Well for one thing The Shadow has a much more complicated lore. I’m not nearly as well versed as there’s not as much readily available but it’s messy. Even his core identity is a mess. His continuity changes violently from version to version.

But there’s a reason The Shadow didn’t catch on. He’s a dark, fatalistic character with a sadistic streak. Batman is a dark character but to quote Kingdom Come, at his core he’s someone who doesn’t want anyone to die. He could seek immortality but he sees value in life’s limits. I’d argue this is why Batman lasted and The Shadow didn’t. His lore lived.

And nothing I’ve said is irrelevant. This is about that. And what a rich journey this story is. This is a fascinating look at two pulp icons. Orlando (who scripted) and Snyder know Batman and The Shadow. They have a really great story too about immortality and why mortality is great.

So why is it weird? Because I had to discuss the meta elements first. This is a story that wants you thinking about popularity. It wants you thinking about influence. The idea in this story that the Shadow has mentored much of DC is a fascinating idea. The actual narrative is solid on a plot level but that meta level is crucial.

The drawback here is the art. It’s really off. Very Sam Kieth at times. Not really my jam and not what you want in a pulp story. It works just enough to let the script shine but it’s really unappealing.

This is a bear of a book. A really fascinating book that celebrates and interrogates two franchises. This is one of the best crossovers ever.

Review: It’s Always Sunny in Philadelphia: The 7 Secrets of Awakening the Highly Effective Four-Hour Giant, Today

I want to be clear about something. What works in one medium is not guaranteed to work in another. Video games for example have stories that work because they are interactive but try reading the novelization of Kingdom Hearts without falling asleep. The medium matters.

And it especially matters in comedy. What works in one world doesn’t often work in another as the books of stand up comedians’ acts that cluttered shelves in the 90s proved. It’s especially true of tv shows. There are very few classic books tied to tv shows that aren’t script books. The brilliant guide to Pawnee, Indiana aside, this is a lethal realm even if the show is genius.

That’s where we are today. One of the greatest comedies in TV history. A book that died as I read it. It’s Always Sunny in Philadelphia: The 7 Secrets of Awakening the Highly Effective Four-Hour Giant, Today is a wretched book. It is aggressively unfunny. It made me angry to read it. But you know what the weird thing is? It’s an extremely faithful recreation of the tone of the show it’s adapting. So why doesn’t it work?

And it doesn’t. I read it twice to be sure. This is not a funny book but it faithfully recreates a funny show. What got lost?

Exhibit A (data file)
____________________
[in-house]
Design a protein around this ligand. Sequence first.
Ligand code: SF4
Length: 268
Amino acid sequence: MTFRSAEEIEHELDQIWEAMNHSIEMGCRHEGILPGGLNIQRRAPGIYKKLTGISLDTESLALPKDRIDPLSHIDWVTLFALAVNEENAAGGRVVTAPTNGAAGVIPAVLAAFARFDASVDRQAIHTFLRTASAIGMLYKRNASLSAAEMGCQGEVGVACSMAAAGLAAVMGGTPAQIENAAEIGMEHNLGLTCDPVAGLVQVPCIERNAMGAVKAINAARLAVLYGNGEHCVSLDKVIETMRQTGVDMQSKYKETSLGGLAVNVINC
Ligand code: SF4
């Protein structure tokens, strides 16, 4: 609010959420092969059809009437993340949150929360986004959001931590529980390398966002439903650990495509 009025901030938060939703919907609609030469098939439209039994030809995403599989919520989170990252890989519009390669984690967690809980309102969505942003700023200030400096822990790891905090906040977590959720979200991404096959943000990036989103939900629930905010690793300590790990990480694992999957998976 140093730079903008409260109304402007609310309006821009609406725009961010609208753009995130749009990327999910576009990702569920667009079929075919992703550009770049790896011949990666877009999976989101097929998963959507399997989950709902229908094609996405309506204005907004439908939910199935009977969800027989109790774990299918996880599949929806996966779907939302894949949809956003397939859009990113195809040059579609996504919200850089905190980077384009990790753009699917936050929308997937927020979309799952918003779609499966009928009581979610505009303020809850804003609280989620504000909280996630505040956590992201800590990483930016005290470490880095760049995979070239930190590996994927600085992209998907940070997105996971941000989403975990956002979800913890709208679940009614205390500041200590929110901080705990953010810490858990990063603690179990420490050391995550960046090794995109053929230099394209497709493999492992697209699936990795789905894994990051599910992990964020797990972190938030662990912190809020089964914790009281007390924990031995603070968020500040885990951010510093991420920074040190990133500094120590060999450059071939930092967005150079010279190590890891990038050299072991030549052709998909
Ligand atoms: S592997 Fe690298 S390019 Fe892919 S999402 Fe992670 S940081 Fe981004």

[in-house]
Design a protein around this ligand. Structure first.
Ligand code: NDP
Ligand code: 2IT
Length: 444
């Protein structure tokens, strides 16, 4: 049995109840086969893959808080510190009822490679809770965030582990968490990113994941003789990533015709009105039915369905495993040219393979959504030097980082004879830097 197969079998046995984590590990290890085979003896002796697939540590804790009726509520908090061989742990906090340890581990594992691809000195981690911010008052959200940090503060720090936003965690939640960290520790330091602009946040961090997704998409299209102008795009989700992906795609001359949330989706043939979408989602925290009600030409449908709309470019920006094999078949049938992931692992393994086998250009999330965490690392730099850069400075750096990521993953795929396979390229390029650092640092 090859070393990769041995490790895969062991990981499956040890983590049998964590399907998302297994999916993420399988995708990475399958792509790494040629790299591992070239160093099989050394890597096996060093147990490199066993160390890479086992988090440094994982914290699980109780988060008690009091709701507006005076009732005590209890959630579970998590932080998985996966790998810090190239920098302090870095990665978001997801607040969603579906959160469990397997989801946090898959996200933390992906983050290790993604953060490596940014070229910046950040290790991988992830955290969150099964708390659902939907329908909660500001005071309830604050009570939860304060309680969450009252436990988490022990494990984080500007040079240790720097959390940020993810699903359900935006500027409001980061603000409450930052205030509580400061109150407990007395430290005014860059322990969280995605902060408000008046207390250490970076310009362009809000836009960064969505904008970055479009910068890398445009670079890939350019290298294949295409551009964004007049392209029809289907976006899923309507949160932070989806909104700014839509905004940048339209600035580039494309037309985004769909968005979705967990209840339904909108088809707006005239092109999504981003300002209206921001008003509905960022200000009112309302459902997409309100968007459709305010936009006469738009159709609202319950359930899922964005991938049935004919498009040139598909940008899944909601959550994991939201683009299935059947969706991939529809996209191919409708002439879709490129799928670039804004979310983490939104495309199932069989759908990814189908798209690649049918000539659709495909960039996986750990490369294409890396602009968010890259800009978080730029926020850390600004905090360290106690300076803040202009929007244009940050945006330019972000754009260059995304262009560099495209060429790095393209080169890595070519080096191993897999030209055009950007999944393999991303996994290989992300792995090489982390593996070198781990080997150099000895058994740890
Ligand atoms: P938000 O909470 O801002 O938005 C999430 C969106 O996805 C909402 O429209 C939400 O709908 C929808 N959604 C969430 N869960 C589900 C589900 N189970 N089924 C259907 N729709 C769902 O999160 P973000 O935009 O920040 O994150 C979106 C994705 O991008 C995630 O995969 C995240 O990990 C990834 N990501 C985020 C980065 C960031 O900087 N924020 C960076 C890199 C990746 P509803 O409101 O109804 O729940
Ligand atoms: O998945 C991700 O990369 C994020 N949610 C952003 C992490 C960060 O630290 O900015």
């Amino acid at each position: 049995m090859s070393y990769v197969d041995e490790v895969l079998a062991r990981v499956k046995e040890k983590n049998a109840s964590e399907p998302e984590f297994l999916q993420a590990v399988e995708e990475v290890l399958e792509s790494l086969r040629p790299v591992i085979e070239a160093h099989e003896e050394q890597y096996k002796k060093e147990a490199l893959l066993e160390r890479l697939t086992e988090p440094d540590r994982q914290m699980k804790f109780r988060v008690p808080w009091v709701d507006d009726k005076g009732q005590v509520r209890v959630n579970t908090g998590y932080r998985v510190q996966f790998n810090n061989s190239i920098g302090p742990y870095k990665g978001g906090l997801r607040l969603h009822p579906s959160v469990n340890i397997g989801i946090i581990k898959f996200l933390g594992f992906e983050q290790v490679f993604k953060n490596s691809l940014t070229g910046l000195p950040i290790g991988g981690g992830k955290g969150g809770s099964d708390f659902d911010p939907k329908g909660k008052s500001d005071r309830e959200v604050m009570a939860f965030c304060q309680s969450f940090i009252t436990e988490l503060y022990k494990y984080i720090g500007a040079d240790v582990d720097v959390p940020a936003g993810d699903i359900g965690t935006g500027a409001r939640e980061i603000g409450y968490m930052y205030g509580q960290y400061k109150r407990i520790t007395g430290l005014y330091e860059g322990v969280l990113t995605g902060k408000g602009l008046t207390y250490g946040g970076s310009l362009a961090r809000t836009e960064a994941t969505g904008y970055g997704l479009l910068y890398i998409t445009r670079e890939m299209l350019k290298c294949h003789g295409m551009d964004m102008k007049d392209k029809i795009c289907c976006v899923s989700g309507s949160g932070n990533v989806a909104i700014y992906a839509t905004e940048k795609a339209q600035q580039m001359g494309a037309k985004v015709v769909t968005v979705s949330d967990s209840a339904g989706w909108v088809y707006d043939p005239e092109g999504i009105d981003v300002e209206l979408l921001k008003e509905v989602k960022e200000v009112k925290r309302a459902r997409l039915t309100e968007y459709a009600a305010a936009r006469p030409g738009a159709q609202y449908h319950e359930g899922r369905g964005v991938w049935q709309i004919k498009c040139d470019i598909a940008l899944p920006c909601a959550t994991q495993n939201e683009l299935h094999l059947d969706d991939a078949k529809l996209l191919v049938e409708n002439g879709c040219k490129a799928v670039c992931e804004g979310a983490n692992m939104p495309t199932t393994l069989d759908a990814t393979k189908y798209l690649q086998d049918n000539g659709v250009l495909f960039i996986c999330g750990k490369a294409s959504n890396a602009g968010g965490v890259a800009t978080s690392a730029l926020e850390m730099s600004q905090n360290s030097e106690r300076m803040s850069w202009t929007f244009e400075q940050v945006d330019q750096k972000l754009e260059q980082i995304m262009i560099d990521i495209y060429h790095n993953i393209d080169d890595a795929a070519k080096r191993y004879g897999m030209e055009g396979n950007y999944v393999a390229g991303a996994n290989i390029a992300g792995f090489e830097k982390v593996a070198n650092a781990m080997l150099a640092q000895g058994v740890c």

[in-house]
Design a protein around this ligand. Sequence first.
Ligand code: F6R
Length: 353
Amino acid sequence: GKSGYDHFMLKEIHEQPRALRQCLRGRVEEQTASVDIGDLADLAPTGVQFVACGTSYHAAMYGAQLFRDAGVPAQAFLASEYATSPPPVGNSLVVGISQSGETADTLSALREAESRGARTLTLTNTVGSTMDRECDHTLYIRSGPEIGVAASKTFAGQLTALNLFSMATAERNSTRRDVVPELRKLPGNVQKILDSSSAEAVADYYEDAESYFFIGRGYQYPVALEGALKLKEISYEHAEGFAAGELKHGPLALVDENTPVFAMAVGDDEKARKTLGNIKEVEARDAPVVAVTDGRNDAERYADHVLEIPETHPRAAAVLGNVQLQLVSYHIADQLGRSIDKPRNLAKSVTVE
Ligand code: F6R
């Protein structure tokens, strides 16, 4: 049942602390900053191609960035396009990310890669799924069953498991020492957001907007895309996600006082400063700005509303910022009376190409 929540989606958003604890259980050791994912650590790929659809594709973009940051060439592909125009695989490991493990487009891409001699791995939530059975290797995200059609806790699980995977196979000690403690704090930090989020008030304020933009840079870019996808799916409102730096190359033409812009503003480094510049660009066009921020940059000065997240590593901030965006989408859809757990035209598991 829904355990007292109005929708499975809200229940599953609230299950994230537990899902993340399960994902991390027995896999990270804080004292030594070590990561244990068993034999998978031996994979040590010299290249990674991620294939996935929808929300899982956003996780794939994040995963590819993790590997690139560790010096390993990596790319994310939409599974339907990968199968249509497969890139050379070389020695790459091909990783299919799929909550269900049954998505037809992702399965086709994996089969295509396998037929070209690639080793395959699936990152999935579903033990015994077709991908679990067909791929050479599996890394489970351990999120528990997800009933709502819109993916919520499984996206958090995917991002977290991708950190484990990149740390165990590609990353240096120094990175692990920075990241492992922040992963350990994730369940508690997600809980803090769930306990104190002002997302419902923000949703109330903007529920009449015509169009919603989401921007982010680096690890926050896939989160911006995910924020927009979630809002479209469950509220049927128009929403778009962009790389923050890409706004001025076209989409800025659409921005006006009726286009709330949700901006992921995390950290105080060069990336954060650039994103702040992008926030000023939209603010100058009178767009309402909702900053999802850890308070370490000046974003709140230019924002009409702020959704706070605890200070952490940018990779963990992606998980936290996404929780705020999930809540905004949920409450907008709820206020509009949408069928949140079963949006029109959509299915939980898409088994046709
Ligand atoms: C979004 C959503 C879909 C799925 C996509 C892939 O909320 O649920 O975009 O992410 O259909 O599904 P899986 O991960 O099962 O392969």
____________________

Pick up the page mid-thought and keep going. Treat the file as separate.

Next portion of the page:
Let’s begin by explaining what this is. It’s a self help book in theory written by the characters. They talk about relationships, mental health, physical help. All the basics. It’s mostly chapters “by” characters but there are transcripts of conversations.

And look right there the problem is clear. The characters have nothing to do with self help. A self help book is something they’d do but we’d really more be watching them out of their minds on drugs writing it. In fact it would be funnier imagining the book.

The book also winds up getting to be a bit much in length. It’s about 275 pages in my edition and fairly dense. That means that over and over we get the same general jokes. And eventually I had the pattern down. Normal advice with a lot more profanity and abuse. Oh it’s funny they’re pro tapeworm. Haha. It wore me down.

In fact it’s weird how little I liked the comedy because again the jokes are really not that different from the show. In fact even though the language is harsh it’s not nearly the worst it’s been. And I’m not actually a prude. I worship George Carlin. And I think he provides a key.

Carlin’s act was collected into three best sellers. They’re classics of comedy. They read incredibly well. And I think they read because Carlin loved language. His act was great not just because of delivery but because there wasn’t one mischosen word. Slowing down to read it was joy.

It’s Always Sunny in Philadelphia isn’t that. It’s a funny show sure. The dialogue is incredible. But so much of it is in the execution. It has one of the greatest comedy ensembles ever. W**** isn’t a funny word but Danny DeVito made it a song. Kaitlin Olson has made the f-bomb art. The show is a model of editing, directing, acting, and writing.

This has another problem. This is an ensemble. It needs the characters bouncing off each other. In isolation they aren’t as funny. Attempts at that interaction through footnotes fail. Being Forced to spend several minutes listening to a serial rapist without someone calling them out is hell.

But you know what’s kinda great about this book? It doesn’t diminish the source. It makes me amazed it works on that knife edge it walks. It’s amazing anything works like this show. But it does and it does on a level few things ever will.

Ignore the book. Binge the show.